The last time Mark Mangino was in Lawrence, he was back at his old house, loading up boxes of football files, ready to say goodbye once more to the town he called home for nearly a decade. This was maybe three years ago, Mangino says, and he was bracing for a cross-country drive with a friend.
They stacked the boxes high in the back of a van, and returned to the road. A few minutes later, they were picked up by a highway patrolman. The officer immediately recognized Mangino.
“I’m hard to hide, huh?” Mangino said.
Yes, during seven seasons at Kansas, Mangino was never one to fly under the radar. He was the coach who led Kansas to the Orange Bowl, the coach who once became famous for uttering the words “Dollar signs,” the coach who left the school in ugly fashion after an investigation into his treatment of players ended in his forced resignation following the 2009 season.
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Nearly five years later, Mangino will return to Kansas again on Saturday when Iowa State, 2-6 and 0-5 overall, faces off against KU, 2-6 and 0-5, at 2:30 p.m. on Saturday.
“It’s really a business trip,” Mangino said earlier this week, during a conference call with reporters. “Maybe after the game I might feel differently, but not going into it.”
After returning to coaching last year at Youngstown State, Mangino is in his first season as the Iowa State offensive coordinator, returning to the conference where he spent most of his professional life. On the field, the Cyclones’ season has been rough. Iowa State ranks eighth in the Big 12 in scoring offense at 25.8 points per game, and ninth in total offense. Saturday’s game could decide which team ends the year in the Big 12 cellar.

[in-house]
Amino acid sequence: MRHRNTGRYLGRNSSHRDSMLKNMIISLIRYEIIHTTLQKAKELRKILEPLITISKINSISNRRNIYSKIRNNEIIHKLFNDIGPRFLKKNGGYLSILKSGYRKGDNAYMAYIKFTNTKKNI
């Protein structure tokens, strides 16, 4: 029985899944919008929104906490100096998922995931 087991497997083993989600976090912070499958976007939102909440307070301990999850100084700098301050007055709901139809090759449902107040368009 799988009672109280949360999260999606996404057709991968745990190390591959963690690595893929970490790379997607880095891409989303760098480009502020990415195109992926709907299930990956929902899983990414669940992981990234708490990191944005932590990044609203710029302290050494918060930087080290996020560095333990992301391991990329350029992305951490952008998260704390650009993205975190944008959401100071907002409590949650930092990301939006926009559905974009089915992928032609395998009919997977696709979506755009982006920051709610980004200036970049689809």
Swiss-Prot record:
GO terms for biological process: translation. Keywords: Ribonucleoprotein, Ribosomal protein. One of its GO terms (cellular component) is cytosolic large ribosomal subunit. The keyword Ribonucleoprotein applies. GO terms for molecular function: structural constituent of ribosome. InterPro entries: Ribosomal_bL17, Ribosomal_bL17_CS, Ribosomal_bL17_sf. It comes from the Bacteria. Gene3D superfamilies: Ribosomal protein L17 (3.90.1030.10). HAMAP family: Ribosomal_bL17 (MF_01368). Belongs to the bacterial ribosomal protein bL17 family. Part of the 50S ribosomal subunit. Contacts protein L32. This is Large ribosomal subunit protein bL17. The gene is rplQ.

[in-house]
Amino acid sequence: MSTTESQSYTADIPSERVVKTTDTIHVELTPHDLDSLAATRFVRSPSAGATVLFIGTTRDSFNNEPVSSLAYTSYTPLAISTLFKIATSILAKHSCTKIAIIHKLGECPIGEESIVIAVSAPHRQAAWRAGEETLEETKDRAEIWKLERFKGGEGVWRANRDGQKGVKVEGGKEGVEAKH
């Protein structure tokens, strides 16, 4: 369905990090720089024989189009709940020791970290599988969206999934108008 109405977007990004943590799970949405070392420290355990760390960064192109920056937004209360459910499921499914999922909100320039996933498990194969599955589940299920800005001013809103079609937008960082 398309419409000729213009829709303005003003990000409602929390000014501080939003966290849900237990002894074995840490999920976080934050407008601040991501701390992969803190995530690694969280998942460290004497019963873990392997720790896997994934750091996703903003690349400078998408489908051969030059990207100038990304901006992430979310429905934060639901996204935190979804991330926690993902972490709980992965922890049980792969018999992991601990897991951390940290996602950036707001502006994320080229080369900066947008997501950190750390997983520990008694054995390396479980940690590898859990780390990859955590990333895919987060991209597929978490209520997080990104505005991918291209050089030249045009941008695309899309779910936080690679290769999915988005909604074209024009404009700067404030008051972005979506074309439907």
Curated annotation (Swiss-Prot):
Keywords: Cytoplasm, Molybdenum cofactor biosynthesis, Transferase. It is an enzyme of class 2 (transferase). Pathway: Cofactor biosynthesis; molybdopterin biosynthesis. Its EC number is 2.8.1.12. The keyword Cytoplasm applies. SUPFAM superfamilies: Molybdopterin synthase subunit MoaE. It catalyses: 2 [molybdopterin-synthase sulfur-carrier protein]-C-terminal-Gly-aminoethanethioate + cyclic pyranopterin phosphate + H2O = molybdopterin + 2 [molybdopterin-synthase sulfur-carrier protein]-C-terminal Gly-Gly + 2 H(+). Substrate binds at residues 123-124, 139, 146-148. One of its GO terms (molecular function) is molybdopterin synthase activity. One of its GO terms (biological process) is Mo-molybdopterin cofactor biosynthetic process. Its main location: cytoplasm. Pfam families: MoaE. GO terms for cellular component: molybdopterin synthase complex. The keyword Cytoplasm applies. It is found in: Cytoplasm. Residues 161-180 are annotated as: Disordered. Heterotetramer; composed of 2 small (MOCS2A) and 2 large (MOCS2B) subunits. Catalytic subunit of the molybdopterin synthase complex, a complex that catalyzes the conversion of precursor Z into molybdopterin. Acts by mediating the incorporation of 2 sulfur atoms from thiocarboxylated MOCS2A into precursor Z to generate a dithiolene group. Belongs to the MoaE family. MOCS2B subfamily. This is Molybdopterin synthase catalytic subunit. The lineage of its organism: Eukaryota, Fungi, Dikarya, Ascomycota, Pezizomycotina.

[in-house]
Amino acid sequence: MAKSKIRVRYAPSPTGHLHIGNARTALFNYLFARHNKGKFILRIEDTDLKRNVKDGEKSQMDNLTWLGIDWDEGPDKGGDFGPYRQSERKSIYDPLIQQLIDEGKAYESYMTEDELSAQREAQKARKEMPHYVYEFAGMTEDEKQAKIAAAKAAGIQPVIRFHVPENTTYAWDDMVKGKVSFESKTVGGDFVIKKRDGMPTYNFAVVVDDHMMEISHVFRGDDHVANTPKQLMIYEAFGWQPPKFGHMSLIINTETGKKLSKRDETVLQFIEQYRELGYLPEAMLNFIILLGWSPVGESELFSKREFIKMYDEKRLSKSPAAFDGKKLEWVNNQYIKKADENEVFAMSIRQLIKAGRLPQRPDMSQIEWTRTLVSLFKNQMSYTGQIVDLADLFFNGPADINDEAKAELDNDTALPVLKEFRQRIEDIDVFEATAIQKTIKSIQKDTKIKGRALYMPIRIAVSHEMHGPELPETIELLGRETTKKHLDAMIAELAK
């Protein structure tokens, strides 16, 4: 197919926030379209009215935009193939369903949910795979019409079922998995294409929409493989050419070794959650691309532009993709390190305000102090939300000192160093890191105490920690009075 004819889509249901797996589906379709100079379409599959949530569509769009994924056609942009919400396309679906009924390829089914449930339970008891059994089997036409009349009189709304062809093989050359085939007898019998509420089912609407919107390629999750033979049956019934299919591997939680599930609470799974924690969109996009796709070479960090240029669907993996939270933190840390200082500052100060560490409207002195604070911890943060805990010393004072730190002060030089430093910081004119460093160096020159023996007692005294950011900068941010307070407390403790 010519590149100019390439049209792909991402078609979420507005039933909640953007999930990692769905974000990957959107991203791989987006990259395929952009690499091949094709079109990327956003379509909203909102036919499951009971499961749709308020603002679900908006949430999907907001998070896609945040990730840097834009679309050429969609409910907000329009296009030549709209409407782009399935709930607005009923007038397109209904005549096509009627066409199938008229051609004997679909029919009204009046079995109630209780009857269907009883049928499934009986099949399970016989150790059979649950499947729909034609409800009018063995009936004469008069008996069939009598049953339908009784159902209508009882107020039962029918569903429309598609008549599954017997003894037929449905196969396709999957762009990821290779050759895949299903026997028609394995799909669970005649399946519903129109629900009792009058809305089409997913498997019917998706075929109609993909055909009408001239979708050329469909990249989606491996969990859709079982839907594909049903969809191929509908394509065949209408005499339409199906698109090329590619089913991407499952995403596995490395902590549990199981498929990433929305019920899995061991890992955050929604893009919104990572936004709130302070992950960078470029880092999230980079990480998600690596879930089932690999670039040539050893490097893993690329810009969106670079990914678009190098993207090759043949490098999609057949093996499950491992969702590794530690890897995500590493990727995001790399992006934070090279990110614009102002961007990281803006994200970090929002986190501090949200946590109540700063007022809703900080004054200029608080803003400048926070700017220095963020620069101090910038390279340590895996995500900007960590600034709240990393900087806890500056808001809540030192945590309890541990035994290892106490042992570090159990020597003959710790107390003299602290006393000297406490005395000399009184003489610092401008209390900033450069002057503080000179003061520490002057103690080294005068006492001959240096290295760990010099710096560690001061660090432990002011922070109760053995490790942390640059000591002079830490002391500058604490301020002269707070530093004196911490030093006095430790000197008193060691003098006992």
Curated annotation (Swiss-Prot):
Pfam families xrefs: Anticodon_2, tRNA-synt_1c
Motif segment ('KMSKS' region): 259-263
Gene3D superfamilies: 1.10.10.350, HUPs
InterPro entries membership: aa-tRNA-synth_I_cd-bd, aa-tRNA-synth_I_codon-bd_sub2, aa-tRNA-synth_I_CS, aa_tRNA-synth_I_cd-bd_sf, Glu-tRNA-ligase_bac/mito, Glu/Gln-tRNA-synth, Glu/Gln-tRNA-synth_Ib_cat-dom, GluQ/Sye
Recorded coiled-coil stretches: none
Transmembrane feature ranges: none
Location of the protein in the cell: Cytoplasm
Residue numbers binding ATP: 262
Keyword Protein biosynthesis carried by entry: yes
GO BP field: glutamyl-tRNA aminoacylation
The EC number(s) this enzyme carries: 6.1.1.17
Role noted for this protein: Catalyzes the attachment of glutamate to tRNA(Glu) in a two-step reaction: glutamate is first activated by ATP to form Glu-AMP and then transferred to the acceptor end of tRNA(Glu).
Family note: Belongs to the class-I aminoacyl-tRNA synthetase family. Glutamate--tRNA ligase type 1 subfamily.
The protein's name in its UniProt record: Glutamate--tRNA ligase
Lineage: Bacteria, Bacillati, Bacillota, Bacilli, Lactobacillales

“His work ethic is second to none,” said KU interim coach Clint Bowen, who worked as a defensive assistant under Mangino during his Kansas tenure. “We worked extremely hard. We paid attention to the details and learned little things do matter. We worked hard and developed a good program.”
On Saturday, Mangino will see old friends and old colleagues. He enjoyed his time in Lawrence, he says, and maybe he’ll take a moment to reminisce when the game is over. But Mangino, of course, is not usually the reflective type.
“We’re in a position where we need to win some games,” Mangino said.
“We’re sitting at 2-6, I’m more focused on getting our offense together and playing really well down there in Lawrence. That’s always been my approach.”
Iowa State at Kansas
WHEN: 2:30 p.m. Saturday
WHERE: Memorial Stadium, Lawrence
TV: Fox Sports KC
Other story lines
▪ THE JAYHAWKS’ HEALTH: Defensive tackle Keon Stowers was carted off the field during Kansas’ 60-14 loss to Baylor last week, a scary scene for one of KU’s emotional leaders. Earlier this week, interim coach Clint Bowen said Stowers could be ready to return against Iowa State. Bowen is also hopeful that junior running back De’Andre Mann will play after missing last week’s game. Freshman defensive back Derrick Neal, who was injured on special teams last week, is not expected to play on Saturday.
▪ THE CHANGING OFFENSE: Last week, Clint Bowen elevated receivers coach Eric Kiesau to the role of co-offensive coordinator and primary play-caller for the KU offense. With just four games remaining, Kansas can’t make wholesale changes to the scheme. But Kiesau said he’ll attempt to add some wrinkles to the offense. Among the things to watch for: How much will the changes help junior quarterback Michael Cummings, who played his best game yet last week against Baylor.
▪ THE HEENEY METER: Kansas senior linebacker Ben Heeney will finish off his decorated career over the next four weeks. With a team-leading 94 tackles, Heeney needs just six more tackles to hit 100 for the second time in his career. He also leads the country in solo tackles (66).